Voice

Viners & YouTubers

When YouTube first gained momentum, no one imagined the impact it would have on the aspiring actors, singers and “15 minutes of famers” out there. Then Vine released its app, and an even more obscure culture was born. Ordinary people who could produce a laugh, and subsequently a follower, subscriber or re-vine, were now capable of achieving some real recognition.

Some of the participants of these videos are desperately trying to climb the ranks of Hollywood, while others are just having fun in their free time. Both instances warrant the possibility of money and admiration, so many do not look to upgrade from their current engagement. Some stories would show that there is much more to gain from these gigs, while others would prove the contrary.

Gone are the days where you have to wait to be discovered, and you hit wall after wall, and you go on audition on top of audition. Now, it’s very possible to be a notable figure in the world of music, television and comedy while literally sitting in your mom’s basement.

One success story in the world of comedy is the “Workaholics” crew. The improv group, previously known as Mail Order Comedy, was struggling to break onto the scene when they decided to upload their videos to YouTube. A Comedy Central executive came across the videos, and just like that, the boys were on the fast lane to success.

However, some people are merely content with maintaining their own digital mishmash of a career, and do quite well for themselves. Jenna Marbles, 29-year-old YouTube sensation, has an estimated $2.5 million net worth from merely crafting videos with elements of seduction, puppies, dirty humor, social commentary and totally relatable scenarios.

An entire career as emerged from this new medium of expressing talent, charisma and to be completely honest, gorgeous individuals. There are agents whose sole job is to peruse the World Wide Web in hopes of finding the next Justin Bieber.

Yes, the most well-known YouTube success story is the JBiebs. YouTube was not only a platform for his talent. When his first single was released, everyone (including myself) felt like a contributing component to his success, and that skyrocketed sales.

However, for every success story, there is also a failure. The Fine Brothers, who make “React Videos,” sold a series based on the concept to Nickelodeon. Bo Burnham’s success on YouTube led to a comedy career, but his luck ran out when he failed with his own show on MTV, which was cancelled after one season.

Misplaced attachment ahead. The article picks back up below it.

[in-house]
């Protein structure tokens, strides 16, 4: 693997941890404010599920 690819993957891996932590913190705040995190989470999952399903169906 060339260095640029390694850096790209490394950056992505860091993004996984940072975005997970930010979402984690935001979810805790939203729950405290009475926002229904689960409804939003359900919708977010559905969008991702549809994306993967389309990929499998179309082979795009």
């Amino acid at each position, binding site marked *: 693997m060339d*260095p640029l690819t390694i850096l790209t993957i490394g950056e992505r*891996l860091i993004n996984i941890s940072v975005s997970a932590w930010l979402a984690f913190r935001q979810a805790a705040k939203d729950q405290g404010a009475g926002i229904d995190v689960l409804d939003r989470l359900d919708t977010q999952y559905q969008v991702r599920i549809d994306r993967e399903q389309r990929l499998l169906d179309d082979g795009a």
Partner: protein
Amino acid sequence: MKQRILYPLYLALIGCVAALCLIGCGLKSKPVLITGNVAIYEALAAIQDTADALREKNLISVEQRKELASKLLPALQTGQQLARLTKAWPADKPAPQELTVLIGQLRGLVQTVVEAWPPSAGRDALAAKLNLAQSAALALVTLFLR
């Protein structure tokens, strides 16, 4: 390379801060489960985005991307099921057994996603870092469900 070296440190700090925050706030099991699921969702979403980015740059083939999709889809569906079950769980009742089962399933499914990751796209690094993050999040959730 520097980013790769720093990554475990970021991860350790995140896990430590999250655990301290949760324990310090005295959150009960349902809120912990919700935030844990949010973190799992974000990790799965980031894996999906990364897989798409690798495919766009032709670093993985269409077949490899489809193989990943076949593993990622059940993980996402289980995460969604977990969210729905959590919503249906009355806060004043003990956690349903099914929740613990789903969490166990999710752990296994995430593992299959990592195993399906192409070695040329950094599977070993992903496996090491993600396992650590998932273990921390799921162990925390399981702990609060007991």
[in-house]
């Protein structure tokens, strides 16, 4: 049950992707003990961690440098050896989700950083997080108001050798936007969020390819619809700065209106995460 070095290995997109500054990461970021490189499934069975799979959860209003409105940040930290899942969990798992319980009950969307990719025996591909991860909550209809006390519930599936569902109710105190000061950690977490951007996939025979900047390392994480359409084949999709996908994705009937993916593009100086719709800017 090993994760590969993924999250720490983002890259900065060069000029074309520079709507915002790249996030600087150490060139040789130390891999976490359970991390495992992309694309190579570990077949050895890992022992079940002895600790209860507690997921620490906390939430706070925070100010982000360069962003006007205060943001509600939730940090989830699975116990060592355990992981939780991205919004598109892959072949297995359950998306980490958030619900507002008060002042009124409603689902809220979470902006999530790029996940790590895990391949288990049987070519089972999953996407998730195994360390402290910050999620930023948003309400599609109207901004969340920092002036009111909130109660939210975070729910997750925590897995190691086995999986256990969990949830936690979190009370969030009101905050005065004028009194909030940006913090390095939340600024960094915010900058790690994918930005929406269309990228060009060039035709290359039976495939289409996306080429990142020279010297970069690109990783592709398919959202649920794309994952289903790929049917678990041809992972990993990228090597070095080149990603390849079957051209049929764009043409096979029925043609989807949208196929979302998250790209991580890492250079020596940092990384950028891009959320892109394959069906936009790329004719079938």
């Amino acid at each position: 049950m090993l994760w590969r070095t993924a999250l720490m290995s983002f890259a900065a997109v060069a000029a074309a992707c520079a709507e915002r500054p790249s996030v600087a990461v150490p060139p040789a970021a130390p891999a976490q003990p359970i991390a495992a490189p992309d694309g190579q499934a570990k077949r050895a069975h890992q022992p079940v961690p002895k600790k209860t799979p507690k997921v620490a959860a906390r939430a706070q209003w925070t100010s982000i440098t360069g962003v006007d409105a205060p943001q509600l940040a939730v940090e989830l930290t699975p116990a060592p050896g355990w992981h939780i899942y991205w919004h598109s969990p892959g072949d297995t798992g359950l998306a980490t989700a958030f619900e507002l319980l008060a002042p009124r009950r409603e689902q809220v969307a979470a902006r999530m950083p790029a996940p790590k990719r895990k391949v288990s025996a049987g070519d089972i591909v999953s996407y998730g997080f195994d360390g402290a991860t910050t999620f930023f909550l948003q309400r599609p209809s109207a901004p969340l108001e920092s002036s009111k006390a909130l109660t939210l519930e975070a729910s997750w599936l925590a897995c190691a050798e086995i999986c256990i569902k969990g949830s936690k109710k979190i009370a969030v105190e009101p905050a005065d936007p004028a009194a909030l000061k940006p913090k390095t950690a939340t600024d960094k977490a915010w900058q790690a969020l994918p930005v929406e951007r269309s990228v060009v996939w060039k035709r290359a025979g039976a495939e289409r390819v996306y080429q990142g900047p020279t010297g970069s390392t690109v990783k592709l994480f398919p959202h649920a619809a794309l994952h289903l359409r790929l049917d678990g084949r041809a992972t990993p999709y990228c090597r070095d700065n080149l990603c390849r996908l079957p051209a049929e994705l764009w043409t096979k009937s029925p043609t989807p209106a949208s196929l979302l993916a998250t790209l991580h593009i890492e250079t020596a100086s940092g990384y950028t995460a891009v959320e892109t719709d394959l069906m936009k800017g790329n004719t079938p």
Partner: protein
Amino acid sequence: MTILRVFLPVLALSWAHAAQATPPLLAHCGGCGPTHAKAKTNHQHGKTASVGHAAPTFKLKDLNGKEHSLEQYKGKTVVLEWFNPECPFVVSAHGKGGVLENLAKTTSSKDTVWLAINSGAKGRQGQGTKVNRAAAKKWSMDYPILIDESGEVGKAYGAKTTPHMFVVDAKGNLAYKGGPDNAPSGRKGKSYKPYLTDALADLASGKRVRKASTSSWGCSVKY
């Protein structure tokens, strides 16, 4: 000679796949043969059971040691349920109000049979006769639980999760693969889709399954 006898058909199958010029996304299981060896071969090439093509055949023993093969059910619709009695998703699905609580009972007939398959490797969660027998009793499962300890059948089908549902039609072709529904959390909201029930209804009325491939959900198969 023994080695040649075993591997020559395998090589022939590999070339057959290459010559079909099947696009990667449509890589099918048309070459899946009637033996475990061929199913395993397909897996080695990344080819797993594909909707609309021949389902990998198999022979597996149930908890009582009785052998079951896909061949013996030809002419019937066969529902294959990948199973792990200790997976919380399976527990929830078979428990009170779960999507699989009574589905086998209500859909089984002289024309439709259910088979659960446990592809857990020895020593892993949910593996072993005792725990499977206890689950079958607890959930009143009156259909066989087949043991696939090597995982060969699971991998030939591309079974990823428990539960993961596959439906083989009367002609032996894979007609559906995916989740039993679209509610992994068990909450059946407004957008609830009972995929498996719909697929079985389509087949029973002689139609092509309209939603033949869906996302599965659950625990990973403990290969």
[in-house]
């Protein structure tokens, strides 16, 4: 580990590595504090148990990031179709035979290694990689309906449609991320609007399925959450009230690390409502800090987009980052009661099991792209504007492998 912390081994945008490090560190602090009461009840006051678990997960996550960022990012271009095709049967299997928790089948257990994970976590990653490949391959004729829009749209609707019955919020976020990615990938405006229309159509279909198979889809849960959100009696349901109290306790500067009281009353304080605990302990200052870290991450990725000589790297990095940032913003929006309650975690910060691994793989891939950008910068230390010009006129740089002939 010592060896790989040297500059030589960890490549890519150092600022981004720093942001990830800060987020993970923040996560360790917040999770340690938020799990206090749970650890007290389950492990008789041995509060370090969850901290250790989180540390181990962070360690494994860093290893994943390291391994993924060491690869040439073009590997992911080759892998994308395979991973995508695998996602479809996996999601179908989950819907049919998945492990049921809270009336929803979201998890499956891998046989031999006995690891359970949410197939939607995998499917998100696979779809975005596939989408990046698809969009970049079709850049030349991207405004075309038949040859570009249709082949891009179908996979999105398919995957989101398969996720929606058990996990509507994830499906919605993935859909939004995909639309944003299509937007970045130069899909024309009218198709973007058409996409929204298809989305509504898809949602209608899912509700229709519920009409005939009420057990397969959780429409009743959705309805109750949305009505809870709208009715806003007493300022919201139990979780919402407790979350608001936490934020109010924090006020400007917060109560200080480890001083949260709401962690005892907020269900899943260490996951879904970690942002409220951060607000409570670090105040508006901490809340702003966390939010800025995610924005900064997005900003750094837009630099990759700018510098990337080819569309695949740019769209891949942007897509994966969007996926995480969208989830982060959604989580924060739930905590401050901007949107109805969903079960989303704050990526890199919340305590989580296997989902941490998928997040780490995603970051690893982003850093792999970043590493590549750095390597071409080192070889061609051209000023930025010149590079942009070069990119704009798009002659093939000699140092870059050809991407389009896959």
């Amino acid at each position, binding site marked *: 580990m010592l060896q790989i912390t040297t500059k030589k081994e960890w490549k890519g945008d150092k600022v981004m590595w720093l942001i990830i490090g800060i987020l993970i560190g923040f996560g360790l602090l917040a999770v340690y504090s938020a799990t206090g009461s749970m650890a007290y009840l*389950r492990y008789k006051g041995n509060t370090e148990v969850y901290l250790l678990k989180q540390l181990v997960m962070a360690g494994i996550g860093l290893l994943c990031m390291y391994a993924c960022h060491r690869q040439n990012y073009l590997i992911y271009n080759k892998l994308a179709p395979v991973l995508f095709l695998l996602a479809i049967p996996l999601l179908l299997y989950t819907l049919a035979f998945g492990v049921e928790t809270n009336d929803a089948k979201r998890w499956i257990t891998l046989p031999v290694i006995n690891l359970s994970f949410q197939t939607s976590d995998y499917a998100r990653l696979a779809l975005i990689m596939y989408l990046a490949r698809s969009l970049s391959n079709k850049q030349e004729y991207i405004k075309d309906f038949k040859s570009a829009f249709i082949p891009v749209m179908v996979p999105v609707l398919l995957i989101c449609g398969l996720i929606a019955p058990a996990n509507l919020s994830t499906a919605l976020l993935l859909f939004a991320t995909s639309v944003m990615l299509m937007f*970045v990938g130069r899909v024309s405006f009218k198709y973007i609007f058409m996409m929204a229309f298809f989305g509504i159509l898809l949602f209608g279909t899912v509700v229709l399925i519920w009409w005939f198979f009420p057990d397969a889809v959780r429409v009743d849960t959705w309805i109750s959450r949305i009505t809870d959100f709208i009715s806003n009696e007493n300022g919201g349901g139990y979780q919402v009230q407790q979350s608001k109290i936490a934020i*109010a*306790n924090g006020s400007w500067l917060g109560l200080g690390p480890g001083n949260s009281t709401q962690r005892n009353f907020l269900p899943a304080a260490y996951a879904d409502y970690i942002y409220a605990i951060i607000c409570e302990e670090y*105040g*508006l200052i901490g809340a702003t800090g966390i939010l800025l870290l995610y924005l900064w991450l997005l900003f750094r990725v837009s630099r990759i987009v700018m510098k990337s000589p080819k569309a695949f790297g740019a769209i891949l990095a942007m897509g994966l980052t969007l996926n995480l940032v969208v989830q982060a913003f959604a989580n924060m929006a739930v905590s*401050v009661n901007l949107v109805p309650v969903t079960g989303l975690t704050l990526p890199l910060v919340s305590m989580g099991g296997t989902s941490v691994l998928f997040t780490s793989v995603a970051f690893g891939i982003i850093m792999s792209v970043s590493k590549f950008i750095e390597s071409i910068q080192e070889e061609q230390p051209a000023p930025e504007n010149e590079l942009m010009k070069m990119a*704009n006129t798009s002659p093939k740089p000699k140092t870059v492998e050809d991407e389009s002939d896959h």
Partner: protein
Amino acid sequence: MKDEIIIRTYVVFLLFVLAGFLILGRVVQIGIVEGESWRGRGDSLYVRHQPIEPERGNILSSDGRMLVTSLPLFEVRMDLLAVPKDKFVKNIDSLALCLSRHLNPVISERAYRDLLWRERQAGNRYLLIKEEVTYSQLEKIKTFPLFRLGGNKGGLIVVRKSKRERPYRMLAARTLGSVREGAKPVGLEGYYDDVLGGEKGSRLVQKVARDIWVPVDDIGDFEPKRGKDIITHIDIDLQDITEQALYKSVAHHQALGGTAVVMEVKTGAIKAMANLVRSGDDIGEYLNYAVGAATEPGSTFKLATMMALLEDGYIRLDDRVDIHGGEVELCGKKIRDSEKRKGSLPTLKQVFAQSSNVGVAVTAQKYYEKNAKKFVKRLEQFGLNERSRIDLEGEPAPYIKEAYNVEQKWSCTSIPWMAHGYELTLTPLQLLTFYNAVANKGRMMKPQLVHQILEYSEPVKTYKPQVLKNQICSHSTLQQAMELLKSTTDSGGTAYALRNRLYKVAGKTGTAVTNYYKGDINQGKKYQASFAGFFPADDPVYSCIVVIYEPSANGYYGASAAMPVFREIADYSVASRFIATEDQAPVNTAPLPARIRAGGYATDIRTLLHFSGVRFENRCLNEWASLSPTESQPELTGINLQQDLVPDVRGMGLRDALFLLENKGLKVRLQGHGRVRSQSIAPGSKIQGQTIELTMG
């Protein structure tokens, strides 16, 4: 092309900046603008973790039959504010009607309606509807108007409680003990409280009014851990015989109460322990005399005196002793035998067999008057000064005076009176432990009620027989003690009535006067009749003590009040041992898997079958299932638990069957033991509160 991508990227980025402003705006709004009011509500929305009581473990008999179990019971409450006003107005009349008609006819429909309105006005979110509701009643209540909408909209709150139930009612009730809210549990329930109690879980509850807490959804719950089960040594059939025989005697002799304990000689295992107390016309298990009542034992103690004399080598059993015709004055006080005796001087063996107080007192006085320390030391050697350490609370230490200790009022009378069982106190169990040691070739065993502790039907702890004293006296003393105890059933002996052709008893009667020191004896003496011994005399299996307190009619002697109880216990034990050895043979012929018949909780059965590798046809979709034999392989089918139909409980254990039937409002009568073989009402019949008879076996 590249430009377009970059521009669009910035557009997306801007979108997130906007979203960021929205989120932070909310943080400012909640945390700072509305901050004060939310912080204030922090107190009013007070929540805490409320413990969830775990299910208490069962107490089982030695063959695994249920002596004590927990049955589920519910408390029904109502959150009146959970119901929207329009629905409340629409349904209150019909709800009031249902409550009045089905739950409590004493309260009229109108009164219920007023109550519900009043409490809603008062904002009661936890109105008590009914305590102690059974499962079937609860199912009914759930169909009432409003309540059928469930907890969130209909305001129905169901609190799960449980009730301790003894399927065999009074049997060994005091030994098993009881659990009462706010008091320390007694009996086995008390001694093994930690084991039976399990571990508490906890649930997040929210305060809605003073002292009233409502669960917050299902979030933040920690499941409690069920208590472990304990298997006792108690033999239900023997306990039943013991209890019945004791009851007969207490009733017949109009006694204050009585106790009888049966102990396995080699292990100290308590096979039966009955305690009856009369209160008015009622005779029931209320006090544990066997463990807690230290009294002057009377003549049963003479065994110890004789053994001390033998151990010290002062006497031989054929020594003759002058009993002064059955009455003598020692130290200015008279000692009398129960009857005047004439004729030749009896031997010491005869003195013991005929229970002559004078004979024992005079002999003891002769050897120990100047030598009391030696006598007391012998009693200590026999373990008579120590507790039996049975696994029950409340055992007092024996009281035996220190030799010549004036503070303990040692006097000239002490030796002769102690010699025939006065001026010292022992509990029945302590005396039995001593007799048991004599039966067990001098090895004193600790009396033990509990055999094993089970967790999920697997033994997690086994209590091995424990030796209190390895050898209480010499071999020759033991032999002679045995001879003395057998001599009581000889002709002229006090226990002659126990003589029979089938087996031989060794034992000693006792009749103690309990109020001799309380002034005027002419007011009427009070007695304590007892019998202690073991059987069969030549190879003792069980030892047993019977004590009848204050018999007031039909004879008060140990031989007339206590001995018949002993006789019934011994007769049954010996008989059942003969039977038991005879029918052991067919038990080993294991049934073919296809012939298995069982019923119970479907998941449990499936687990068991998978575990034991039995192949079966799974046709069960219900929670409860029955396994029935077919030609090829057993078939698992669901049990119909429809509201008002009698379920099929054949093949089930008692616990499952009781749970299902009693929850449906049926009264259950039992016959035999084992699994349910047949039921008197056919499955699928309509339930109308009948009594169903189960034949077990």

Rachel Bloom relayed the impact of her origins on YouTube in her acceptance speech at the Golden Globes, where she won for her role in “Crazy Ex-Girlfriend.” On the other hand, Grace Helbig, deemed the Queen Bee of YouTube, was given her own show to host on E! in 2015, but after poor ratings her first season, the future of the show is as good as over.
Naturally, there have also been questionable victories. YouTube persona Fred Figglehorn (Lucas Cruikshank) landed three films on Nickelodeon after his horribly obnoxious videos went viral, and Vine/YouTube’s oddball character Miranda Sings (Colleen Evans) landed a scripted series at Netflix. The most confusing, as well as the most recognized YouTuber since 2013, PewDiePie, has an entire fan base of “Bro Army” gamers.

I’m concerned for the future of Hollywood if “newfound talent” includes the likes of people who play a video game and have a running commentary while doing so. And then we have the millions of children’s “productions” to sift through, who grew up with this technology and know just how to manipulate their videos into getting more views than already established A-listers. That’s not talent; it’s pathetic and deteriorating.

Viners and YouTubers alike are promoting an elitist mindset, as the creators are often fostering stereotypical and racist attitudes and then “collab” with each other in hopes of tripling their fan base. They aren’t doing anything unique; they just have the resources, power and the pretty faces, which seem to bring major advertisers to their knees.

Personally, I find that the “Vine stars” produce the worst videos, whereas the random viral videos are fresh, authentic and positive. Although those are few and far between, they are the ones that deserve our attention. Genuine, spontaneous, viral videos are the ones that are a more accurate representation of the Millennial generation. We have the capability to capture the little pleasures in life and then share them with the world, with hopes of brightening someone else’s day and making them smile.

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